Jumping through a train window, scared that it was going to leave without his brother making it through, Arthur Abezgauz was a teenage immigrant fleeing Russia in the 1980’s with his family due to religious persecution. Their plan to make it to New York wasn’t so simple. He explained, my grandmother had met this group at church that helped people evacuate Russia so they wouldn’t be jailed or killed because of their beliefs. She brought up the idea to her husband and without thought and being so desperate to leave they decided to do it. Russia was cold, unforgiving, Communist, and not a Disneyland for a child to grow up in. They wanted a better life for their children and be able to provide more opportunities than they had for themselves.
The big city filled with hopes and dreams, New York. Not being able to make it to California yet because they had no money, the next several years would be spent in New York. My dad described it as the “worst and best times of his life.” When I asked why it was the worst he explained that my family was homeless, stealing their food, not doing well in school, very low wages, horrible working conditions and more. This made me feel helpless when all I could think about is myself being in that situation and not knowing what more I could do.
On the other hand, when asked about the best times he went into depth about how it bonded him to his brother more than he could’ve ever imagined. I felt the compassion and love when he talked about caring for him and looking out for him like he was his own child. It was looking like things had really started to settle down in New York.
Fast forward to a couple years later, we’re heading to sunny California! My grandfather got a job as an engineer at USF. It was time to get settled. My dad and uncle got into USF and this opened up the opportunity for a better education and high career goals that they weren’t given before.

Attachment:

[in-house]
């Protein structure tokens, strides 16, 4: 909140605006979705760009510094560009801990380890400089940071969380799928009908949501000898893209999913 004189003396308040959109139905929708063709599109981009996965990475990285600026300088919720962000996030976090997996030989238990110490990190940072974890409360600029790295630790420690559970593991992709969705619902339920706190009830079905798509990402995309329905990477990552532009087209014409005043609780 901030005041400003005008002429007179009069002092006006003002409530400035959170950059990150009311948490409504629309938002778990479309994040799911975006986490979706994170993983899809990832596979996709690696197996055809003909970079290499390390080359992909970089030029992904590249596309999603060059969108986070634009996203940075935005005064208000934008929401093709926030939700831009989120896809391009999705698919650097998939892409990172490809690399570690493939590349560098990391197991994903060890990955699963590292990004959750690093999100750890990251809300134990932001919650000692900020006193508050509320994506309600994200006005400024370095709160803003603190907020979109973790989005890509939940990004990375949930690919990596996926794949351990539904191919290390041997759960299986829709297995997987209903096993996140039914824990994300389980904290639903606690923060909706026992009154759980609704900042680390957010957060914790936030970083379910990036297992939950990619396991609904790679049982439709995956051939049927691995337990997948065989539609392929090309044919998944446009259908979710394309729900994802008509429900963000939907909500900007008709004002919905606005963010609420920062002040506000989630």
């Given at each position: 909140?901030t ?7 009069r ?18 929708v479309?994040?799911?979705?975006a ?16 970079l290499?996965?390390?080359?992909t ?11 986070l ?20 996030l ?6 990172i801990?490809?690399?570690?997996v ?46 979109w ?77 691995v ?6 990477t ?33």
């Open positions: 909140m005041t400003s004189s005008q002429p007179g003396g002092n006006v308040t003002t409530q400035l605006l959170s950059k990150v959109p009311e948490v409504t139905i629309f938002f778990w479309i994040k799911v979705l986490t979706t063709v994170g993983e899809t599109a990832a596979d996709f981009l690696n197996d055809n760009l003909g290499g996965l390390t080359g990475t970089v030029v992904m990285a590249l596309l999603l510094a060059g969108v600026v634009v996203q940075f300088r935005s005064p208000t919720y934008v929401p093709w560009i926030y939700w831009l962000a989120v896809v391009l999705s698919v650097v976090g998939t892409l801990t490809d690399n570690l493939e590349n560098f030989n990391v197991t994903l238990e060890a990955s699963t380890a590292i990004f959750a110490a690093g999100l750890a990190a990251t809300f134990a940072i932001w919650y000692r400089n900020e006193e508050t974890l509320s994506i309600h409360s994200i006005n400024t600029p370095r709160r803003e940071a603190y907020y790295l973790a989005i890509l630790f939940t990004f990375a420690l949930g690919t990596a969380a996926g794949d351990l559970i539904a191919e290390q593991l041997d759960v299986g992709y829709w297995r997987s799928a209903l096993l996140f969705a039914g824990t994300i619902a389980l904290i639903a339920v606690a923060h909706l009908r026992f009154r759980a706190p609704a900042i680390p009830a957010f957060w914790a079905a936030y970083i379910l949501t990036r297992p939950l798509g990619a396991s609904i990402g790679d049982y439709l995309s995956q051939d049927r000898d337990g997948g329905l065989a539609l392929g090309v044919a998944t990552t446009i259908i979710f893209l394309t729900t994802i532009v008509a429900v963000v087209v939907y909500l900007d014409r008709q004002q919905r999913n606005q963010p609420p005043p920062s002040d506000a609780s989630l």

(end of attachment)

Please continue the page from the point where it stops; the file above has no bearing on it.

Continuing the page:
When I asked my dad “ What were your career goals or aspirations” he simply replied “I didn’t have any. I was so focused on making sure your uncle grew up okay and had enough to eat and wear that I never got the chance to focus on that until the opportunity came to light.” He ended up getting a bachelors in science and sports medicine but met my mother in college where they ended up having 3 beautiful kids.
As I sit back and reflect, it brings sadness but also happiness to me. Sadness due to how much my parent and my family had to struggle due to being immigrants and how much he was able to achieve and provide. The happiness comes from the bond my father and uncle hold to this day and the sense of family and unity we grew up with because of them. I can say I am beyond grateful and proud of him.
What does being an immigrant mean to you?
“It means having a harder life and having to work more than others who are privileged. This comes with pride on where you’re from and how you chose to represent them through yourself. If I could change being one, I wouldn’t.”
What would you change about how people view immigrants?
“Taking into account who the president has been for the past 4 years, I think people have become very prejudiced towards immigrants and have a lack of empathy for them never taking into account where their parents came from and who influence the labor force the most in the country.”
What is one piece of advice you would give to a family or person that is struggling as an immigrant?
“I would tell them to never lose hope and to fight for what you believe in. I think that having faith and constantly pushing towards your goals to better yourself and others will keep you going. Lastly, I would tell them to always show love and respect even when it’s not shown towards you because you can only control your emotions and actions.”
The interview of Arthur Abezgauz and subsequent narrative were done by Lia Chuakay Zlobinsky, his daughter. She is a student at Foothill College in Los Altos Hills, CA.